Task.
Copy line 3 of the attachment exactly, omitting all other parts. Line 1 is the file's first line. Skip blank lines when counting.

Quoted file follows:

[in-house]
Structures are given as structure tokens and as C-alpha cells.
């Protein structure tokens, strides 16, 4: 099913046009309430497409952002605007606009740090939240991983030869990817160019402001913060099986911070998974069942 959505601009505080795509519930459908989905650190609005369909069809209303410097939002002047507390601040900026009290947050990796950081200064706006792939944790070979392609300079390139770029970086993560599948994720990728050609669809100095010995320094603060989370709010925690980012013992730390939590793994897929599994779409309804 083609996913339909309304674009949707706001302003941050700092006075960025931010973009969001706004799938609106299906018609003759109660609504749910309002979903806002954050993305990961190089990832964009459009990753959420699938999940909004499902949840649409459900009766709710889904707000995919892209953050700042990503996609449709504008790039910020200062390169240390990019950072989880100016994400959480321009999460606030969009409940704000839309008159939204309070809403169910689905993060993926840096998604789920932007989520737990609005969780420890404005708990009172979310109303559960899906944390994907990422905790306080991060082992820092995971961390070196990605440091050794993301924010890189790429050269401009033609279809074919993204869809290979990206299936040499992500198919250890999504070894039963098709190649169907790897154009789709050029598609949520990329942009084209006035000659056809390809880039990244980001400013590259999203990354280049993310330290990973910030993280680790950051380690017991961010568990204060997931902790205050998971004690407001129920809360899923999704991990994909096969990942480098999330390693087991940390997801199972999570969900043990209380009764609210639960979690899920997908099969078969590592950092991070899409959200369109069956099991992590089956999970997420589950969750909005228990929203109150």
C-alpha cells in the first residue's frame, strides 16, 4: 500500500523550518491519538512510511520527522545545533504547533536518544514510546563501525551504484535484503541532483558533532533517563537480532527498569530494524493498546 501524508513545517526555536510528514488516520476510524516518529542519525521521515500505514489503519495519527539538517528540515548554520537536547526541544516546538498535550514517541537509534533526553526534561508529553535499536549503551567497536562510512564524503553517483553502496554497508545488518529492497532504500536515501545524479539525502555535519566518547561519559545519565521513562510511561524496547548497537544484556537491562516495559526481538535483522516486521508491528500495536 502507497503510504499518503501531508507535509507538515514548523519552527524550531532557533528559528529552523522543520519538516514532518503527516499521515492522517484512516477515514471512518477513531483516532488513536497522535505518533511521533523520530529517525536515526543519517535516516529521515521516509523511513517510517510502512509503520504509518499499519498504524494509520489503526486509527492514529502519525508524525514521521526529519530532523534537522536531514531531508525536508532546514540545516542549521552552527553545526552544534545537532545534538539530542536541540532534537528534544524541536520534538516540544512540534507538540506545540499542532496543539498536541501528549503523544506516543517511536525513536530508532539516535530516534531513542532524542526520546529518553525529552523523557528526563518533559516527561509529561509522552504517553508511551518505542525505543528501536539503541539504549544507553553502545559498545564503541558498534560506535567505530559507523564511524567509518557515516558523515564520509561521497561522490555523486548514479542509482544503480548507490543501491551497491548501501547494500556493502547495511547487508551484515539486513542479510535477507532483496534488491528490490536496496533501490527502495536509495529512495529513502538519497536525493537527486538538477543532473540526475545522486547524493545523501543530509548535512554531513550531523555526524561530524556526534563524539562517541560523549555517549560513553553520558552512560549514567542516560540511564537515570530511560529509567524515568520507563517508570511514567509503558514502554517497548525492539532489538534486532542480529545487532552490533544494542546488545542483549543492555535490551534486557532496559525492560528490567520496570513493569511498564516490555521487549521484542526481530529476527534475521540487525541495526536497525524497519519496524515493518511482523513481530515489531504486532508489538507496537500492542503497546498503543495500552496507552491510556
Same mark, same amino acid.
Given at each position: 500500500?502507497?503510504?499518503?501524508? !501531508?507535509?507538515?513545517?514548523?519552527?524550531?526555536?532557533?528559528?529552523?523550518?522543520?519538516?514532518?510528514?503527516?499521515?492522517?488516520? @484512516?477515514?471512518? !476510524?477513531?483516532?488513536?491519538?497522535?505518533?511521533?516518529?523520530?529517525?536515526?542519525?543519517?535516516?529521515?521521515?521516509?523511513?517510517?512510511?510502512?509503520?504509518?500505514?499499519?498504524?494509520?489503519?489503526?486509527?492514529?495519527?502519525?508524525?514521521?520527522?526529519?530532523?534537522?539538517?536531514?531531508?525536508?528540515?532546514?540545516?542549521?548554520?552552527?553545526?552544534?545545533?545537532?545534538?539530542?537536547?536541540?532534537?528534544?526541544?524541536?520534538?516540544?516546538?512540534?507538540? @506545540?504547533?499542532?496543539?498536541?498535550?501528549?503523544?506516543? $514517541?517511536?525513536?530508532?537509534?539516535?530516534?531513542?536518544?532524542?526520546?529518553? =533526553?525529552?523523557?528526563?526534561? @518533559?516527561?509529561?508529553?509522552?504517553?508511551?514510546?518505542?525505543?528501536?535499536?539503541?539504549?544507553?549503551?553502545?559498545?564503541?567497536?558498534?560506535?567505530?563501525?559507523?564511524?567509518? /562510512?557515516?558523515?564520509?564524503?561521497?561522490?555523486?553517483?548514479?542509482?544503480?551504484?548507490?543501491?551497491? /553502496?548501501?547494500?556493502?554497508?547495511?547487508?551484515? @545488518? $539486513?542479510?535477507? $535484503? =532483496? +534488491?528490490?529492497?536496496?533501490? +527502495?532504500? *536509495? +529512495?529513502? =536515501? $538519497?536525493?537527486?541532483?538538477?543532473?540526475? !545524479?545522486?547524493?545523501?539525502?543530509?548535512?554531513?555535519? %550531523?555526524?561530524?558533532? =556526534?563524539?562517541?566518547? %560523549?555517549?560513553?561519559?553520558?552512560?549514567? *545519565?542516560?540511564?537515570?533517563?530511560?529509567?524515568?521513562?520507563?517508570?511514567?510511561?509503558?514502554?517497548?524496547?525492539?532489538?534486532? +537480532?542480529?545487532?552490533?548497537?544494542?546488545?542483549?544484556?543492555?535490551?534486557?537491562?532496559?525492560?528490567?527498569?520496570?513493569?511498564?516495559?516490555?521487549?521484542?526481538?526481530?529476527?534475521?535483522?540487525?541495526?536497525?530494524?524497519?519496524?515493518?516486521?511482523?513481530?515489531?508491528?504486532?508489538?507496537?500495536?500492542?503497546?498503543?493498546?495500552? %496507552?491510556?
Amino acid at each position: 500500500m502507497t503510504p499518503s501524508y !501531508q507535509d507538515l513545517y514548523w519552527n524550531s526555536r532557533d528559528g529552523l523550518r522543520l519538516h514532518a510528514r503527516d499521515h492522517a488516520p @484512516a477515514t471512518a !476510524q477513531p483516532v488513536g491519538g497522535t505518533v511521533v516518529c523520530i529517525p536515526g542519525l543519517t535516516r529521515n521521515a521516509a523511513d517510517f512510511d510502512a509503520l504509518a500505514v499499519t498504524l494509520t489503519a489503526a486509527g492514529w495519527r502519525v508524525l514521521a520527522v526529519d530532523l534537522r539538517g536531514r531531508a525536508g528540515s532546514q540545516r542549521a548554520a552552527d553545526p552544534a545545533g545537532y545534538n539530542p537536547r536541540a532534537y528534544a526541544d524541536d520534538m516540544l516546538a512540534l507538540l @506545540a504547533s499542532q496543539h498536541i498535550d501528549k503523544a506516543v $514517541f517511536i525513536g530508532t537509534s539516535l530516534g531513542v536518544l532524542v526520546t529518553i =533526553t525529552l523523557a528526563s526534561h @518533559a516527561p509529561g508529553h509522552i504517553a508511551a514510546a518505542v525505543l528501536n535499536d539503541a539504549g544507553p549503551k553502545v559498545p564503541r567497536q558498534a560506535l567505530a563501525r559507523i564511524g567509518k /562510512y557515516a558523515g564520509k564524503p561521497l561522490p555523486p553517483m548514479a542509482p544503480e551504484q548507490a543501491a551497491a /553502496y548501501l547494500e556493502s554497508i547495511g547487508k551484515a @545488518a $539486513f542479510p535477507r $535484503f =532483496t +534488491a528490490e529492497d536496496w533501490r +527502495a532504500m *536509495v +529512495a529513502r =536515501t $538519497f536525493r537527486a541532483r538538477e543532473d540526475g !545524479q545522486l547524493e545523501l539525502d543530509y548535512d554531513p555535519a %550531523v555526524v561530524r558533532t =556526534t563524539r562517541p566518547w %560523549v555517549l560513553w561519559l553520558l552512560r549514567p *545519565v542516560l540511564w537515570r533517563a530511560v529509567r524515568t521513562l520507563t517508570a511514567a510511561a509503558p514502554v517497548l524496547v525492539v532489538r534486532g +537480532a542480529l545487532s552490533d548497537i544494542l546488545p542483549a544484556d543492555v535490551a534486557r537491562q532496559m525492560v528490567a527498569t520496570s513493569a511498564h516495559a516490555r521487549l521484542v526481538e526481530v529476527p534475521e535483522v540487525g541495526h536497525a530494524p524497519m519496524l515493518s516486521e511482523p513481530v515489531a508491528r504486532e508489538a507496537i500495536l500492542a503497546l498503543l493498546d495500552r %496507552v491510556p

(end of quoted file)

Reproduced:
């Protein structure tokens, strides 16, 4: 099913046009309430497409952002605007606009740090939240991983030869990817160019402001913060099986911070998974069942 959505601009505080795509519930459908989905650190609005369909069809209303410097939002002047507390601040900026009290947050990796950081200064706006792939944790070979392609300079390139770029970086993560599948994720990728050609669809100095010995320094603060989370709010925690980012013992730390939590793994897929599994779409309804 083609996913339909309304674009949707706001302003941050700092006075960025931010973009969001706004799938609106299906018609003759109660609504749910309002979903806002954050993305990961190089990832964009459009990753959420699938999940909004499902949840649409459900009766709710889904707000995919892209953050700042990503996609449709504008790039910020200062390169240390990019950072989880100016994400959480321009999460606030969009409940704000839309008159939204309070809403169910689905993060993926840096998604789920932007989520737990609005969780420890404005708990009172979310109303559960899906944390994907990422905790306080991060082992820092995971961390070196990605440091050794993301924010890189790429050269401009033609279809074919993204869809290979990206299936040499992500198919250890999504070894039963098709190649169907790897154009789709050029598609949520990329942009084209006035000659056809390809880039990244980001400013590259999203990354280049993310330290990973910030993280680790950051380690017991961010568990204060997931902790205050998971004690407001129920809360899923999704991990994909096969990942480098999330390693087991940390997801199972999570969900043990209380009764609210639960979690899920997908099969078969590592950092991070899409959200369109069956099991992590089956999970997420589950969750909005228990929203109150």